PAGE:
ST: Oh yeah. No question. The capacity there was really something, and a lot of that has been lost in the public’s perception of him. Obviously he’s an important factor, but he isn’t given the credit he deserves by a long shot. When they play up Gary Player along side Tom Watson, I think Gary Player couldn’t carry his jock strap… in all kinds of ways, but in any event … boy, he could play. He dominated the game for seven year and not many people know that. But beyond that, well beyond that, it was a joy to be playing golf with him. Apropos, I took a trip with him. He won the Open in ’80, I think, it was ’81 or ’82. I had been kidding him, I said, “You know, Watson, you don’t know anything about links golf. They roll out the red carpet for you, they set up those golf courses in ways that you guys, you know, can handle it, and come on… You ought to take a real look at links golf and I’d be glad to be your mentor.” So we set up a trip and we started at Ballybunion, and went to Portmarnock and Troon and Prestwick and we ended up Dornoch and when we got to Dornoch we had a day when the wind was blowing and the rain was coming in horizontal. We teed off about 2:30 in the afternoon, and everywhere we went, notwithstanding the fact that I asked the secretaries please to keep it quiet, we had well into the thousands, two or three thousand people turned up because Tom Watson was playing. Apropos, when we played Ballybunion that first day on the trip, when we were crossing the Shannon about seven o’clock in the morning there were 10 other cars on the ferry. I went around checking them out and they all had come from Belfast because they heard Tom Watson was playing Ballybunion. If you can imagine what a trip it is from Belfast on those roads in Ireland as they certainly as they then were. And by the time we arrived at Ballybunion, there were buses and media, and I said to some Irish friend of mine, “damn it, you know, we tried to keep this quiet, so we can have a private golf game. “Oh,” he said, “you made a terrible mistake. Nobody in Ireland can keep a secret for God’s sake! What you should have done was publish it in the newspaper, nobody would have believed it!”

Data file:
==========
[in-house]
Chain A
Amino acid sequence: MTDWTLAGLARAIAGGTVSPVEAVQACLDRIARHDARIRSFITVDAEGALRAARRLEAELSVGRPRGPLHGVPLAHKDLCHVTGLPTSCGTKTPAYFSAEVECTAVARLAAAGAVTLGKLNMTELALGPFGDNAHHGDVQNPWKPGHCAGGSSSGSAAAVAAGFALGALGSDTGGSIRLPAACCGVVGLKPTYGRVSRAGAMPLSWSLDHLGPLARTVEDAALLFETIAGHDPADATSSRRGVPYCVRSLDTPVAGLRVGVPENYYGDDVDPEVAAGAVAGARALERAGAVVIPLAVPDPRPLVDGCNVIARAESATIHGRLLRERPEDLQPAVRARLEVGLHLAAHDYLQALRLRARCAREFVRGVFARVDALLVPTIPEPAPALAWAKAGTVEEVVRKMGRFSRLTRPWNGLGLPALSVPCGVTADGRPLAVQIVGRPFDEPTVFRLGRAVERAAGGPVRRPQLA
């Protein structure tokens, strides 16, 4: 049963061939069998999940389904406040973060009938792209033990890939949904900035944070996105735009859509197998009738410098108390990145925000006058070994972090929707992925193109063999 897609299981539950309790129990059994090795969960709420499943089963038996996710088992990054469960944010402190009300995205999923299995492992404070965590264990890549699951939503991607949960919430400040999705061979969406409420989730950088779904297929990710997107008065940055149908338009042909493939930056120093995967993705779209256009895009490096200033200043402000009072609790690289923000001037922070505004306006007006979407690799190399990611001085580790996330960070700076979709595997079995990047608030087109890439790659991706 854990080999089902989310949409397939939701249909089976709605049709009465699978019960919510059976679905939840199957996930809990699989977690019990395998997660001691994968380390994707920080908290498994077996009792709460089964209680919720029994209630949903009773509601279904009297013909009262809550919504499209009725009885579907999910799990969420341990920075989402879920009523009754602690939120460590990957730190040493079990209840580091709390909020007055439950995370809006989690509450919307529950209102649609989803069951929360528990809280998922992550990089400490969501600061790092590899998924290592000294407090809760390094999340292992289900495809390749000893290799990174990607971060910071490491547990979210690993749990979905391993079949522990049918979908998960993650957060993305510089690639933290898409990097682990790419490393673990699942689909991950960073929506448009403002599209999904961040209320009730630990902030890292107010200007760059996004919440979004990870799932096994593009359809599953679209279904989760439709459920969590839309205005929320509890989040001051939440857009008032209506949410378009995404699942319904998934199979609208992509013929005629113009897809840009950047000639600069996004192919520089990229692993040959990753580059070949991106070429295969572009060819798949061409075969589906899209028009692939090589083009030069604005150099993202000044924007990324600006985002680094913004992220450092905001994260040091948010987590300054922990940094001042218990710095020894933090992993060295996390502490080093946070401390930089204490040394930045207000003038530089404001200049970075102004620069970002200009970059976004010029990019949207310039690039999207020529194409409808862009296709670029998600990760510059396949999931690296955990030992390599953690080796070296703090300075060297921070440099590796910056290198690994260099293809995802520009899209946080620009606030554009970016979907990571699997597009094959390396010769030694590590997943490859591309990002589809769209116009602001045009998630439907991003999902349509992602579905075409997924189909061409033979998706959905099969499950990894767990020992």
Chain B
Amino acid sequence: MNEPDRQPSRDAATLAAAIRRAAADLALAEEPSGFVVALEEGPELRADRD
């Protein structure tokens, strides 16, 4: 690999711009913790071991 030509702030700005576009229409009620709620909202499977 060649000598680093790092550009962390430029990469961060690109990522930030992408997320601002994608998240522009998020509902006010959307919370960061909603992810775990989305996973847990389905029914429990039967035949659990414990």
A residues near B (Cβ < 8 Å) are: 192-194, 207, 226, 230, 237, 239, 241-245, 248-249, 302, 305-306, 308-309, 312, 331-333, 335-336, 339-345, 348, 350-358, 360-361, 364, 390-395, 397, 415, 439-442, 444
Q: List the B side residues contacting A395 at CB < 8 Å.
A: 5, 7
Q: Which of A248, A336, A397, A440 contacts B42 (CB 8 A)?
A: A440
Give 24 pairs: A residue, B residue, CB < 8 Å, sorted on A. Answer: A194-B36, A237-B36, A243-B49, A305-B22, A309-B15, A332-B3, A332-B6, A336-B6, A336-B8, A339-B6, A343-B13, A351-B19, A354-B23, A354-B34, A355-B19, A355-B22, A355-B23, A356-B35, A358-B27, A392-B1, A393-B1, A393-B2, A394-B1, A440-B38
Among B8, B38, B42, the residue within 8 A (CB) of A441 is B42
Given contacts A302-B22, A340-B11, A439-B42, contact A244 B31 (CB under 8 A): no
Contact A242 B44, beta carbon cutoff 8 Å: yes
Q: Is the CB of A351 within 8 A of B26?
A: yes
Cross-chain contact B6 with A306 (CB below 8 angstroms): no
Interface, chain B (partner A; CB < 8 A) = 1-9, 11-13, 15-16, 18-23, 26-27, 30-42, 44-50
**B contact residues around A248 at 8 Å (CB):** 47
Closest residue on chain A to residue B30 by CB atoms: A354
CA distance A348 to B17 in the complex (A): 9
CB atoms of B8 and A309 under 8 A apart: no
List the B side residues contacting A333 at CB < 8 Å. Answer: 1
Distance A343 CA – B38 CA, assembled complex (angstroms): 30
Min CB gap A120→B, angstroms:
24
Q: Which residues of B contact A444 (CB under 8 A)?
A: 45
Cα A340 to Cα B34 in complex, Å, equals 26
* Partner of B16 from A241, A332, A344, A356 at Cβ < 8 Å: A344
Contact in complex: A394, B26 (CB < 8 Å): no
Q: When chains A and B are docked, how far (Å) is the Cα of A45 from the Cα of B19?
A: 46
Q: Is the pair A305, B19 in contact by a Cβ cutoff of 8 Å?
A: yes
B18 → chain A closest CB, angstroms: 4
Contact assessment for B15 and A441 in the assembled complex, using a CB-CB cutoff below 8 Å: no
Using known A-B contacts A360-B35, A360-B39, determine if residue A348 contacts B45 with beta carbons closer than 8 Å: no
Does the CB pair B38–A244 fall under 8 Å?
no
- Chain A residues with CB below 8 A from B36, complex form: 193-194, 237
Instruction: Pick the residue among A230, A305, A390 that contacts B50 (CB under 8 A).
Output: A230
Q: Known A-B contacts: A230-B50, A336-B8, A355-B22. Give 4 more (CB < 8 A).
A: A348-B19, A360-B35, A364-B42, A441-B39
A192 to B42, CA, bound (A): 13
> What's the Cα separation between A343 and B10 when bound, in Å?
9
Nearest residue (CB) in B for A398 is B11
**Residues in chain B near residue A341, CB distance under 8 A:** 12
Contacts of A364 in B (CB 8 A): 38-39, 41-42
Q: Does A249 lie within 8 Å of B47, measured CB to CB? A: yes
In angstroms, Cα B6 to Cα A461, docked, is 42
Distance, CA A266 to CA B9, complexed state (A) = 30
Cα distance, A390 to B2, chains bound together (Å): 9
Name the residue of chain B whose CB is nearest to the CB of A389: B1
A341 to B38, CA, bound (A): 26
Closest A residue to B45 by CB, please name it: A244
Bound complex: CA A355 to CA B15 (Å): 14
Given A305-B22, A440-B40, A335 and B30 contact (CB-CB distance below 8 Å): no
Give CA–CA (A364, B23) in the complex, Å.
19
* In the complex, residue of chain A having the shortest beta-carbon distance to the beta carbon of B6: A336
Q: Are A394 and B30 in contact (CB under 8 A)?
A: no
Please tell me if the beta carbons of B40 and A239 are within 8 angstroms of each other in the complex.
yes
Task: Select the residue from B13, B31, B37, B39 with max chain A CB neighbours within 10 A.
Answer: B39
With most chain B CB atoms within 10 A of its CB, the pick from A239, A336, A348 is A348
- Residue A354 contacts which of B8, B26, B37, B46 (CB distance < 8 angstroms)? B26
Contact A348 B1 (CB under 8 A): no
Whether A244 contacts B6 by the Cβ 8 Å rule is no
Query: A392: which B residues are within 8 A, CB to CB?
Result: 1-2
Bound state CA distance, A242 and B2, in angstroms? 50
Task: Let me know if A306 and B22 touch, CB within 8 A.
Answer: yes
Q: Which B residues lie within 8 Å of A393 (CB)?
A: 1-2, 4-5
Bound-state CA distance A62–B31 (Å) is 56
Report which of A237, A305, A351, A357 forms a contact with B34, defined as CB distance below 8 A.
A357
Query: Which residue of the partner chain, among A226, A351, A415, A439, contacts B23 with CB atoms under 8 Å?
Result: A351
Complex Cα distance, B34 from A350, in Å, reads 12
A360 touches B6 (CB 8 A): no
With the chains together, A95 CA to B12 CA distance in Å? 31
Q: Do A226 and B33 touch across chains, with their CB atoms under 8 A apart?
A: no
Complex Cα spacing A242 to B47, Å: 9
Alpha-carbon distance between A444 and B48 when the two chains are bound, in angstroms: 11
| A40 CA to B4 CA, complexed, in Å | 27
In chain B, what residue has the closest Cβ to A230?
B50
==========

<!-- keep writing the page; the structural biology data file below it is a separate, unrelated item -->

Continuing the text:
I: Dornoch still remembers Tom very fondly.
ST: Oh, everywhere he went.

I: But I mean even now.
ST: Oh, absolutely! And apropos, we played in very very tough weather and we were coming in about 6:30, walking up 18 and he said to me, “Come on, Tatum, we haven’t had a private game. Tell you what we do. Send the caddies home, and tell them to come back in a half an hour and let’s go out and play.” So we did, and therefore we got started out about seven o’clock. And all day, basically, wind had been blowing, it had been raining. We were walking down the third fairway and I was walking along behind him and he stopped, and he said, “Tatum, I’ve got something I want to say.” And I said, “What do you want to say, Watson?”. He said, “What I want to say, Tatum, is that this is the most fun I’ve had playing golf in my whole life.” Okay? That was Tom Watson!

I: That would be a course on which you would be likely to say that.
ST: Absolutely, and in those weather conditions.

I: I remember Watson being asked what is the most difficult shot on the golf course at Dornoch? And he’s reported to have said, “the second shot on the second hole”, if you remember the hole.
The second hole is about 170 yard, par 3, and the green is quite elevated and sort of oval away from you and you’re looking down the long axis and on either side of the cheeks of the green are these deep bunkers …
… and long is no good either.
ST: That sounds like it.

I: I want to take you back and then you can bring it forward for a second if I could. Just reflect on what your Stanford experience has meant to you. Not just the golf, the experience of being a student here -- did you go to law school here as well?